I’ve always been heavier, and I just never did anything about it. Growing up, we ate a lot of southern comfort food for dinner every night, like fried chicken and mashed potatoes. When I started making money and could buy my own food, I began to eat out a lot at fast food restaurants.
In high school, I was in marching band, which is actually a lot of work, but after practice I would just watch TV or talk on the phone with my friends. Sitting down was like my favorite thing to do. Old habits die hard, so as I got older, I didn’t have an exercise routine, really. I had a social life, but doing activities outside of that wasn’t important to me.
In March 2016, right before my 31st birthday, I realized that my jeans were really tight. I knew the difference between who I was and who I wanted to become would require finally doing something about my weight. I decided that I needed to find a healthy-eating plan that I could do forever, not just until I lost the weight. I have three kids and a husband, so I wanted to do something that set a healthy foundation for my family.
Once I decided to lose weight, I signed up for Weight Watchers because I knew it was something that wouldn’t restrict what I was eating. If I wanted a cupcake at work, I could have one. I didn’t have to choose between becoming healthy and eating foods I liked.
When I saw the point values for the foods I ate all the time, I realized that chicken tenders and fries weren’t worth how many points it cost me. I knew if I kept doing what I was doing, I would look the same.
I decided to revamp my eating habits from the get-go, and went to the grocery store to buy things I could meal prep. Now, I get fresh fruit every week for snacks and a whole chicken that I can make in a crockpot. I also grab lettuce so I can make salad and low-calorie bread to make sanwiches with my chicken. For dessert, I like to use powdered peanut butter and mix it with Cool Whip and put it on these wafer cookies—it tastes like a peanut butter cup.
I also like to make pizza for me and my family with wraps as the crust. I top them with pizza sauce, cheese, and veggies.
Another important part of my diet is that I started incorporating water into my daily routine. I used to drink coffee, soda—literally anything but water. But now I make sure I drink 110 ounces of water a day. That helps me stop mindless eating. For example, instead of walking into the break room to take a breather and grab snacks, I take my water bottle and fill it up.
A week after I started eating healthier, I started feeling better. I had so much energy that I would wake up before my alarm. That feeling motivated me to keep it up.
Though I was eating so much healthier, when I wanted something fried, I would just have it. I don’t call eating a cupcake an indulgence. If I had a cupcake, I had one. I just write it down and track it. And while I don’t limit or restrict myself in any way, I crave a healthier lifestyle more than I crave unhealthy food. That makes it easier to eat right.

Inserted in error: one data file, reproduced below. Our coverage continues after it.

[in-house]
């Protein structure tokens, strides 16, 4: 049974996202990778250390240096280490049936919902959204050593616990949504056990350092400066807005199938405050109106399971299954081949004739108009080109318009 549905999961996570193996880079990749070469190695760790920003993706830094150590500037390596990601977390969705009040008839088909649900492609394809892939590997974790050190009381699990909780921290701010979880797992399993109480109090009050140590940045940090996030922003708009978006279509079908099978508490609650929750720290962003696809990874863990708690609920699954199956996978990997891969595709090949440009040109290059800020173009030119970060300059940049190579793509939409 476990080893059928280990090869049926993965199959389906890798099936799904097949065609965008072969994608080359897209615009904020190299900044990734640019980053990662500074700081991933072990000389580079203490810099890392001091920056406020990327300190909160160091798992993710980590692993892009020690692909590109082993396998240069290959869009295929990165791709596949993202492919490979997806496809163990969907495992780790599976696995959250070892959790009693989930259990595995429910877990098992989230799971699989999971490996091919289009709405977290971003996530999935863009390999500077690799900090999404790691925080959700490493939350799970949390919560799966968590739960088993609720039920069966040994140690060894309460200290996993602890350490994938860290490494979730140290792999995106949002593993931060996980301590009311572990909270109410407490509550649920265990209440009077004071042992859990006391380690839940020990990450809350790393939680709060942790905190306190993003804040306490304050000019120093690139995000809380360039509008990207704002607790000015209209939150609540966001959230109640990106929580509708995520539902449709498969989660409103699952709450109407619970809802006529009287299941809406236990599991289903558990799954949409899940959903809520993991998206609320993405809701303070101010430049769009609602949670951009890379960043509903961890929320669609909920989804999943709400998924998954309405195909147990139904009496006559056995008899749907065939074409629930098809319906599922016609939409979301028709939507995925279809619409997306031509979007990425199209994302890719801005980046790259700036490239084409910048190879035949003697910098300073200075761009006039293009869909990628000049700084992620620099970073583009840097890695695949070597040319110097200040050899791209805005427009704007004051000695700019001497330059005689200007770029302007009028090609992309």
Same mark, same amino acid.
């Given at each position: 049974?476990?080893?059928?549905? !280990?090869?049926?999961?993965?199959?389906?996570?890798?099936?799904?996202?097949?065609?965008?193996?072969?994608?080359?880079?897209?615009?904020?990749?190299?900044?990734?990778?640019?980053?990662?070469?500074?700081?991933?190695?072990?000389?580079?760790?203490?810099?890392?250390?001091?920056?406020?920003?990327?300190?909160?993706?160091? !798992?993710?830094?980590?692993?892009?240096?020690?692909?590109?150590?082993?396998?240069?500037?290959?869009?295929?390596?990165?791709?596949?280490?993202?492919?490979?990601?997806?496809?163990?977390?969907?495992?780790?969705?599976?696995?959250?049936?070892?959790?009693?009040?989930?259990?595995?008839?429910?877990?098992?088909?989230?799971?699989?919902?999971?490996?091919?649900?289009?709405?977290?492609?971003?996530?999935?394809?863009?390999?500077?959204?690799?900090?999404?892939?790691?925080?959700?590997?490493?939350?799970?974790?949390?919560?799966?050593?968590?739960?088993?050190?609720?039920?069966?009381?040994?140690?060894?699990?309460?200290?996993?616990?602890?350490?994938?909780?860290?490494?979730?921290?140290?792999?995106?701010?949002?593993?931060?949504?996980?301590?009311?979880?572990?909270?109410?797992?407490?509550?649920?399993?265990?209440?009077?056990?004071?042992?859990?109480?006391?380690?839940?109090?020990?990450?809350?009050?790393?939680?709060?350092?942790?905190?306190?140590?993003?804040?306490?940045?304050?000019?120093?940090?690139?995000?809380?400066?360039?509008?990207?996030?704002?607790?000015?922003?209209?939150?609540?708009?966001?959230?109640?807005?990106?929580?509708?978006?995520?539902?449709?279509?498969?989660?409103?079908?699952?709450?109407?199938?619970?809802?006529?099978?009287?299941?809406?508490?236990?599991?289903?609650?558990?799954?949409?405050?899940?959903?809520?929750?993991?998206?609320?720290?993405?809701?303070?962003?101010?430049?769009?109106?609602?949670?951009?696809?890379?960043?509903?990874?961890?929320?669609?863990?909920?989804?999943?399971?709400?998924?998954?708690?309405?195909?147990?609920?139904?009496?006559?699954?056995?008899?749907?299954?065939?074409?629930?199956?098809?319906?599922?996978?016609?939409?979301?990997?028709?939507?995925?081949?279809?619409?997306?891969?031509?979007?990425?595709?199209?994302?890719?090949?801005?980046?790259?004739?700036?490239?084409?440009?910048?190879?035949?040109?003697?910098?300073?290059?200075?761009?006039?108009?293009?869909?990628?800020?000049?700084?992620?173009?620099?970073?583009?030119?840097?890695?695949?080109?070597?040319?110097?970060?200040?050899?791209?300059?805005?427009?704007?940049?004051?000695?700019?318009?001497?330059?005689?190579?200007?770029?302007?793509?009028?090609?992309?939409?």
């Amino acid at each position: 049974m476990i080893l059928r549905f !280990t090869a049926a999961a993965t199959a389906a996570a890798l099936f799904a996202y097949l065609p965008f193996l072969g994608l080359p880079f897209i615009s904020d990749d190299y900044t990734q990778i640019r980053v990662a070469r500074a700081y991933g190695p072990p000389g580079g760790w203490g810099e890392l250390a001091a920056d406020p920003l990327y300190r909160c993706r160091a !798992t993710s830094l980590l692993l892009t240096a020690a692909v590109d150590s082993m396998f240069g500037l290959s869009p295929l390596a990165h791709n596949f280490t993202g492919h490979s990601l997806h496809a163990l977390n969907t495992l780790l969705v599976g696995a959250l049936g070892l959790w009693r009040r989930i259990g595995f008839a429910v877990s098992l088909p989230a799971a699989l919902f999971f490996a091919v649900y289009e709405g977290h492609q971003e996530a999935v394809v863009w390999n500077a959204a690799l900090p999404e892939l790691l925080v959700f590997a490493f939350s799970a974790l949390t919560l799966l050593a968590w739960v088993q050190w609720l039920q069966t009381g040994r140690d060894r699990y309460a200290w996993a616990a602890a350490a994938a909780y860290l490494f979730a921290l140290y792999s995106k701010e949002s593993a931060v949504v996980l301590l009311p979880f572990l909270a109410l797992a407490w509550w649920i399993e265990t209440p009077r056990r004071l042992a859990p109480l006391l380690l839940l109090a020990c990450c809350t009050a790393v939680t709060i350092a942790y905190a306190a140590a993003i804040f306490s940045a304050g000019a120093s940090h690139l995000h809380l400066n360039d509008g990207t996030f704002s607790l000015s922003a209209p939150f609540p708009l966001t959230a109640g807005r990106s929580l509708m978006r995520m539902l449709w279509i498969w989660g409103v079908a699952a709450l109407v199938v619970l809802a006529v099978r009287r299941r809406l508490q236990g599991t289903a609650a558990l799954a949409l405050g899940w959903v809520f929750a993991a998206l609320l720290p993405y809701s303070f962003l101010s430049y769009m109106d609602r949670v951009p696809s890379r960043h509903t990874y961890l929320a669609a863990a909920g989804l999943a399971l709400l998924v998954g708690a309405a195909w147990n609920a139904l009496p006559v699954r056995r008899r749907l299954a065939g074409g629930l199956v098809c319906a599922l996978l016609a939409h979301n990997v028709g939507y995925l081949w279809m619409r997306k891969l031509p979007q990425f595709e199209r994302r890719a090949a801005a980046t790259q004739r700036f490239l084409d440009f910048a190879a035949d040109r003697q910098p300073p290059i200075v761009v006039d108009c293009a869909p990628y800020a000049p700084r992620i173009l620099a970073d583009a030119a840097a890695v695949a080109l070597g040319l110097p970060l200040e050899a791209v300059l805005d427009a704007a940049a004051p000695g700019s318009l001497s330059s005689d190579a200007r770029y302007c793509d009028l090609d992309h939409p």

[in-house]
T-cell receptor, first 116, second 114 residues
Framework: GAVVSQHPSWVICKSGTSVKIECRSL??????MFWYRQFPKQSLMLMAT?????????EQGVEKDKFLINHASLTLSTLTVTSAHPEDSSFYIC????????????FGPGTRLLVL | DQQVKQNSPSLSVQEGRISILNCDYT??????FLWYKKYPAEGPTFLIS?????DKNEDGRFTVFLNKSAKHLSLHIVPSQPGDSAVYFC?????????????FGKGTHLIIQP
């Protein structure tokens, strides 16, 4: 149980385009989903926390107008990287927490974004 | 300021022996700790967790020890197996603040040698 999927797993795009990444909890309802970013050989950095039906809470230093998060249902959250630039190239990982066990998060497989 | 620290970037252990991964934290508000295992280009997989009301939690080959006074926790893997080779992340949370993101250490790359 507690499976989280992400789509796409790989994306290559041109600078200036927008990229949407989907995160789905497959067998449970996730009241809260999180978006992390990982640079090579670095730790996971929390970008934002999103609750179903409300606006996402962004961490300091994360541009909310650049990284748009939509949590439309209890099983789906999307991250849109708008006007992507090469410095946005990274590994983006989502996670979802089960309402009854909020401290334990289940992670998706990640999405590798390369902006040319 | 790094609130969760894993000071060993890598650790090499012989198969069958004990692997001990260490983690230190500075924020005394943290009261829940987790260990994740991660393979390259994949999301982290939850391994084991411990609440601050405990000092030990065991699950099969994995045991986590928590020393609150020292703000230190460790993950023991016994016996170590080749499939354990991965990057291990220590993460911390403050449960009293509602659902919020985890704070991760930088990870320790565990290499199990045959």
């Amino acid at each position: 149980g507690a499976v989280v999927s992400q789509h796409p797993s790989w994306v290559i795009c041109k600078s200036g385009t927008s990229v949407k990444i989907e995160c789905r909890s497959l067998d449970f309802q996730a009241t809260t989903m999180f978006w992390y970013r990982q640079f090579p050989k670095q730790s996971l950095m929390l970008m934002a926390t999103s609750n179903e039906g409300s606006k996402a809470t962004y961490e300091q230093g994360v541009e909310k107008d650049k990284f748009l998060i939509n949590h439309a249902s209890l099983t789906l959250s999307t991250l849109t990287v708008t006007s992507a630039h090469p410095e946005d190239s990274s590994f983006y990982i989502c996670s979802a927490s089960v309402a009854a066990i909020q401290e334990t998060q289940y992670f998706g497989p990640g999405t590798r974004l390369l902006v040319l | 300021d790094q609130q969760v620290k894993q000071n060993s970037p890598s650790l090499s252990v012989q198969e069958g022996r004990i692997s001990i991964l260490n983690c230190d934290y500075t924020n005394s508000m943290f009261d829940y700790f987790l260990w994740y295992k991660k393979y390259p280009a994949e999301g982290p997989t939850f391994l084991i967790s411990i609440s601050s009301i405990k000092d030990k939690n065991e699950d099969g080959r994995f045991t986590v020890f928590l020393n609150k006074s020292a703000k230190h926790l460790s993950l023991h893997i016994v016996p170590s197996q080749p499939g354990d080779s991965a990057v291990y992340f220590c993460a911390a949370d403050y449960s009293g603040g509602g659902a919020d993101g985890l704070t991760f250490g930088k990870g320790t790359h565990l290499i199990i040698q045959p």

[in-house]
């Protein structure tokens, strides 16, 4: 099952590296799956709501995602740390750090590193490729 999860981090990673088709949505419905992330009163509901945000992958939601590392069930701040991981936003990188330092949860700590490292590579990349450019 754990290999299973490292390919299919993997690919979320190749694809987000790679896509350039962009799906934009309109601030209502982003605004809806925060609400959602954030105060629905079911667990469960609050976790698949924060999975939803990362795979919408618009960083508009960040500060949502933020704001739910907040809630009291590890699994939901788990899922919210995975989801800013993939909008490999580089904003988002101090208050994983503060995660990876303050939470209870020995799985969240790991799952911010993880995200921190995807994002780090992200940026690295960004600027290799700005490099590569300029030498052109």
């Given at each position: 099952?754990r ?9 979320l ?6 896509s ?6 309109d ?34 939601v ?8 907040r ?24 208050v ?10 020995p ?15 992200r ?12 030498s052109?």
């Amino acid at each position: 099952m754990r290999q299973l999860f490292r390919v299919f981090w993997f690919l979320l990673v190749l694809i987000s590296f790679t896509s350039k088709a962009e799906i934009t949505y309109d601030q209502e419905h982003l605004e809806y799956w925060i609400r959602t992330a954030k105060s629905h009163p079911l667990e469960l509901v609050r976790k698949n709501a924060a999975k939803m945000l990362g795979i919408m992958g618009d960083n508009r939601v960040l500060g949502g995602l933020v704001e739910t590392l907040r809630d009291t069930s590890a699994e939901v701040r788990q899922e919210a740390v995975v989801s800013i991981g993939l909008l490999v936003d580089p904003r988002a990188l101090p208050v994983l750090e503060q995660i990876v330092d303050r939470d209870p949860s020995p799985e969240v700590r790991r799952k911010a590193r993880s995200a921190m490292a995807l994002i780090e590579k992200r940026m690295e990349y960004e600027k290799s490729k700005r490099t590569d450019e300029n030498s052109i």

The tracking part of Weight Watchers has been really helpful because it holds me accountable for what I’m doing and what I’m eating. I look at my points as money, and I budget my food accordingly. I am really good about honestly tracking, even if that means I go over my points. I’m a human, I have days when I go overboard. I just look at each day as a fresh start.
I’ve never been a gym person, but I like to go outside to walk and run. A month after setting out to lose weight, my husband got me a Fitbit for my birthday, and since then I’ve been trying to get at least 10,000 steps per day. When I used to go to the grocery store or mall, I refused to walk from the back of the parking lot, but now I do that so I can get more steps in. I also take my kids to our local trampoline park and jump. Sometimes I even walk up and down my basement stairs. I want to show my kids that being active is a good thing, and it doesn’t have to be work.
We went on a family cruise in May, just two months after I set out to lose weight, and I could enjoy myself while eating right. Not restricting myself with a diet has helped me stay on track. I don’t feel like I’m missing out on anything, yet I’m still focused on my goals. I’m still myself, but a smarter, healthier version.
Almost a year later, I’ve lost 51 pounds and I’m the smallest I’ve ever been in my adult life. I feel confident, comfortable, and energized. So many cool things have happened to me after getting my health in control. I feel like I can do whatever I set my mind to. As long as I have the right tools, I can do it.
Know that you’re worth it. I used to think, “Well, I have three kids, I don’t have time to get in shape.” But once I realized that I was worth getting healthy and putting myself first, I could go after it. I knew that I deserved to be the best version of me for everyone in my life.